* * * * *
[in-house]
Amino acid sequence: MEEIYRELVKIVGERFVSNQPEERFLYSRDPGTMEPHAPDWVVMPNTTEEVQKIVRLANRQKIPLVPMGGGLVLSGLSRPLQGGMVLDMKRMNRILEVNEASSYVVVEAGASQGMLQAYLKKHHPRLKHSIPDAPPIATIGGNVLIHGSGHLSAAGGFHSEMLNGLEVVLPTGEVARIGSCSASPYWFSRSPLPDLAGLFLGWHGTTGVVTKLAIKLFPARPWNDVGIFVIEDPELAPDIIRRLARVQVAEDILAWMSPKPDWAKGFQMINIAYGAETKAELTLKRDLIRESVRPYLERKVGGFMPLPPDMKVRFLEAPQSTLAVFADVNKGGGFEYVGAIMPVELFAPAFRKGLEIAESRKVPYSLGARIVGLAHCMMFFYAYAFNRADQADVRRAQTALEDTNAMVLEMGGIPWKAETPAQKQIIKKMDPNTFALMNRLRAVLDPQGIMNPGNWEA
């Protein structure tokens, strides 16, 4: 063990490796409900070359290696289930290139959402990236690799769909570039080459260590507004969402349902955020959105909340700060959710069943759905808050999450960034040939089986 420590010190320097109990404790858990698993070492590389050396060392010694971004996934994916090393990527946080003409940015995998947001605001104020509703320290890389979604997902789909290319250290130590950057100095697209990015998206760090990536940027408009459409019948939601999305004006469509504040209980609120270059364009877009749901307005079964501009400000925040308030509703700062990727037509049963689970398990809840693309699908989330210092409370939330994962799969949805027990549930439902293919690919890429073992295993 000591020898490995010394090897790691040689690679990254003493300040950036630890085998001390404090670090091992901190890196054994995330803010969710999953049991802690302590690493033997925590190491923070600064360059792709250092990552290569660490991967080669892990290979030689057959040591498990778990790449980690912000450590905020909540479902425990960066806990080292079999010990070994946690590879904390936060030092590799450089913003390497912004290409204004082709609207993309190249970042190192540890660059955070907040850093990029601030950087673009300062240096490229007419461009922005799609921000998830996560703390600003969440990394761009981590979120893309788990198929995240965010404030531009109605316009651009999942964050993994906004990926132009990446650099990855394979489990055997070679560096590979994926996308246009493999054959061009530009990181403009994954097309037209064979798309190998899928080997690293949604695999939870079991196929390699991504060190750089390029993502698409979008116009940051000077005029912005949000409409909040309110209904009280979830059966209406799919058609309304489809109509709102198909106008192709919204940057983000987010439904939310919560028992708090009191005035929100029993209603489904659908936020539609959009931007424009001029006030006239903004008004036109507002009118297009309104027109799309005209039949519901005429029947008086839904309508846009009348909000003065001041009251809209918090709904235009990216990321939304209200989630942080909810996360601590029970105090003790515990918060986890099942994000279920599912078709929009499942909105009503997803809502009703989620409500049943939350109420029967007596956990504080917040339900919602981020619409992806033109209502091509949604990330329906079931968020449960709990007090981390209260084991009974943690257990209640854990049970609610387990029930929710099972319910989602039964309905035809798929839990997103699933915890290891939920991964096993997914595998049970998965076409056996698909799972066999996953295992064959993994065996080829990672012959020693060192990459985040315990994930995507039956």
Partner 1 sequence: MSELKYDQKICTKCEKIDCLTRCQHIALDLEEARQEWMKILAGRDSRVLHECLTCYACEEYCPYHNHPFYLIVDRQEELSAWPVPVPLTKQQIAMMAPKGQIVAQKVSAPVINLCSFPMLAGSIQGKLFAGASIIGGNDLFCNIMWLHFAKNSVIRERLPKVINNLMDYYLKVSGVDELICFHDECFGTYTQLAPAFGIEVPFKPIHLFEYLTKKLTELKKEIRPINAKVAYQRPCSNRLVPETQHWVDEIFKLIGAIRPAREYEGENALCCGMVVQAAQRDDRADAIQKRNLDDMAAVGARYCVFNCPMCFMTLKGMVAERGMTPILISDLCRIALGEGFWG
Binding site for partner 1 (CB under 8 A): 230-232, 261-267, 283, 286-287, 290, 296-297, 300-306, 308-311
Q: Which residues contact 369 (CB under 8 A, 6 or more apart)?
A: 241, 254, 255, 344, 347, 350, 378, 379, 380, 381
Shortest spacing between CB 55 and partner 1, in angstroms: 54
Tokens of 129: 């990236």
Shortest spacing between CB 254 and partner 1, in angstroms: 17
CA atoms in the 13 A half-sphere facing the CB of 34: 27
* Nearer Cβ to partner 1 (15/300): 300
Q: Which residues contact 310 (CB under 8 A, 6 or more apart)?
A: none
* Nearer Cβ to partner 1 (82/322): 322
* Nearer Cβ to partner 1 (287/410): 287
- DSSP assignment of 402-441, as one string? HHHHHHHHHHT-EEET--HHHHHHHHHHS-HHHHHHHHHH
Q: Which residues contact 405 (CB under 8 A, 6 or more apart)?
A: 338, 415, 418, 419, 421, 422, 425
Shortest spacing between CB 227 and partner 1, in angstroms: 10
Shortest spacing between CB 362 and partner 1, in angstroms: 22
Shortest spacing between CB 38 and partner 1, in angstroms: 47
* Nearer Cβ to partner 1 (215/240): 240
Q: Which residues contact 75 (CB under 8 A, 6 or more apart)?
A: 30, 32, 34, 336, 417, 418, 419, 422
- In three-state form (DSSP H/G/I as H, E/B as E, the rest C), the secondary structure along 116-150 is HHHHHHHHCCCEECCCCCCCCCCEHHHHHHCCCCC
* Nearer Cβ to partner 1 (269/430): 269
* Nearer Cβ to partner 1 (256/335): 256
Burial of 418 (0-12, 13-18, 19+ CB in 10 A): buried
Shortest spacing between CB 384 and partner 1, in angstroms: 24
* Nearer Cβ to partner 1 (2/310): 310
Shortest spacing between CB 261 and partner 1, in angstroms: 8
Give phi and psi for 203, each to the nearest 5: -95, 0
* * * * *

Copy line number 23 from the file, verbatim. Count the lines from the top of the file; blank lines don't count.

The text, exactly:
* Nearer Cβ to partner 1 (215/240): 240